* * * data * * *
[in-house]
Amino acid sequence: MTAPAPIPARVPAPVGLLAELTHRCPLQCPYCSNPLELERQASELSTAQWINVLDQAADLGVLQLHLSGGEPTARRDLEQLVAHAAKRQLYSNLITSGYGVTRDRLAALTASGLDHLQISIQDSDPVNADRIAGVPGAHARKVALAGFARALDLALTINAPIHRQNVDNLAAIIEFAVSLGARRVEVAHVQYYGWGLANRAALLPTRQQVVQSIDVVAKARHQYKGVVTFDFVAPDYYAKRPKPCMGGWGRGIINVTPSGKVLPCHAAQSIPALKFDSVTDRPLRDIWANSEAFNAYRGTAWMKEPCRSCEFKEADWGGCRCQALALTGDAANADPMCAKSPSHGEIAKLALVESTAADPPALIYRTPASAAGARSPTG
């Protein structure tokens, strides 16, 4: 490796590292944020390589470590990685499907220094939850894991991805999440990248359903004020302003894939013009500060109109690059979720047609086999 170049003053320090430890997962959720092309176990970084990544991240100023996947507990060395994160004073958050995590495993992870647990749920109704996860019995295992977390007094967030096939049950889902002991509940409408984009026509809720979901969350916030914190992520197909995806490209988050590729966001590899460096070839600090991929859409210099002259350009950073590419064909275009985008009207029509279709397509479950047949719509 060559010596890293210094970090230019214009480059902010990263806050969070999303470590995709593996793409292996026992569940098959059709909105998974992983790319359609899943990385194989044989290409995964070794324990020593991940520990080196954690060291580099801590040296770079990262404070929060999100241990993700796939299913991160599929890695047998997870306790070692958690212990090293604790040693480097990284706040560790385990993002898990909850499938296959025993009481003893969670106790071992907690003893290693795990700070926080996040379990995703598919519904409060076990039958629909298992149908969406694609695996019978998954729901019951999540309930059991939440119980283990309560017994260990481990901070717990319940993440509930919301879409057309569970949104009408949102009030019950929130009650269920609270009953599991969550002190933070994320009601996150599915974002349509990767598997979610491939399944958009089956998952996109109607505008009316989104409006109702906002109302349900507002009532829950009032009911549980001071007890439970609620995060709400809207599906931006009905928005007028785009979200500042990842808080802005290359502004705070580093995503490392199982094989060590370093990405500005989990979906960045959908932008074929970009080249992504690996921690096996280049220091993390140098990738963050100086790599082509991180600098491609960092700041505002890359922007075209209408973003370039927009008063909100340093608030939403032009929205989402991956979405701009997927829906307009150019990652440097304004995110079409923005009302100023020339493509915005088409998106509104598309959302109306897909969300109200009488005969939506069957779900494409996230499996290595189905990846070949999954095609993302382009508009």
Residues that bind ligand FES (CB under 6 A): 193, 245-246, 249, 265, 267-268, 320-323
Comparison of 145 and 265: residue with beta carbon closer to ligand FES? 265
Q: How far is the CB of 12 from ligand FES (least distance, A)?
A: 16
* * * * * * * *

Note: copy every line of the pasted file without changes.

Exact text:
[in-house]
Amino acid sequence: MTAPAPIPARVPAPVGLLAELTHRCPLQCPYCSNPLELERQASELSTAQWINVLDQAADLGVLQLHLSGGEPTARRDLEQLVAHAAKRQLYSNLITSGYGVTRDRLAALTASGLDHLQISIQDSDPVNADRIAGVPGAHARKVALAGFARALDLALTINAPIHRQNVDNLAAIIEFAVSLGARRVEVAHVQYYGWGLANRAALLPTRQQVVQSIDVVAKARHQYKGVVTFDFVAPDYYAKRPKPCMGGWGRGIINVTPSGKVLPCHAAQSIPALKFDSVTDRPLRDIWANSEAFNAYRGTAWMKEPCRSCEFKEADWGGCRCQALALTGDAANADPMCAKSPSHGEIAKLALVESTAADPPALIYRTPASAAGARSPTG
């Protein structure tokens, strides 16, 4: 490796590292944020390589470590990685499907220094939850894991991805999440990248359903004020302003894939013009500060109109690059979720047609086999 170049003053320090430890997962959720092309176990970084990544991240100023996947507990060395994160004073958050995590495993992870647990749920109704996860019995295992977390007094967030096939049950889902002991509940409408984009026509809720979901969350916030914190992520197909995806490209988050590729966001590899460096070839600090991929859409210099002259350009950073590419064909275009985008009207029509279709397509479950047949719509 060559010596890293210094970090230019214009480059902010990263806050969070999303470590995709593996793409292996026992569940098959059709909105998974992983790319359609899943990385194989044989290409995964070794324990020593991940520990080196954690060291580099801590040296770079990262404070929060999100241990993700796939299913991160599929890695047998997870306790070692958690212990090293604790040693480097990284706040560790385990993002898990909850499938296959025993009481003893969670106790071992907690003893290693795990700070926080996040379990995703598919519904409060076990039958629909298992149908969406694609695996019978998954729901019951999540309930059991939440119980283990309560017994260990481990901070717990319940993440509930919301879409057309569970949104009408949102009030019950929130009650269920609270009953599991969550002190933070994320009601996150599915974002349509990767598997979610491939399944958009089956998952996109109607505008009316989104409006109702906002109302349900507002009532829950009032009911549980001071007890439970609620995060709400809207599906931006009905928005007028785009979200500042990842808080802005290359502004705070580093995503490392199982094989060590370093990405500005989990979906960045959908932008074929970009080249992504690996921690096996280049220091993390140098990738963050100086790599082509991180600098491609960092700041505002890359922007075209209408973003370039927009008063909100340093608030939403032009929205989402991956979405701009997927829906307009150019990652440097304004995110079409923005009302100023020339493509915005088409998106509104598309959302109306897909969300109200009488005969939506069957779900494409996230499996290595189905990846070949999954095609993302382009508009």
Residues that bind ligand FES (CB under 6 A): 193, 245-246, 249, 265, 267-268, 320-323
Comparison of 145 and 265: residue with beta carbon closer to ligand FES? 265
Q: How far is the CB of 12 from ligand FES (least distance, A)?
A: 16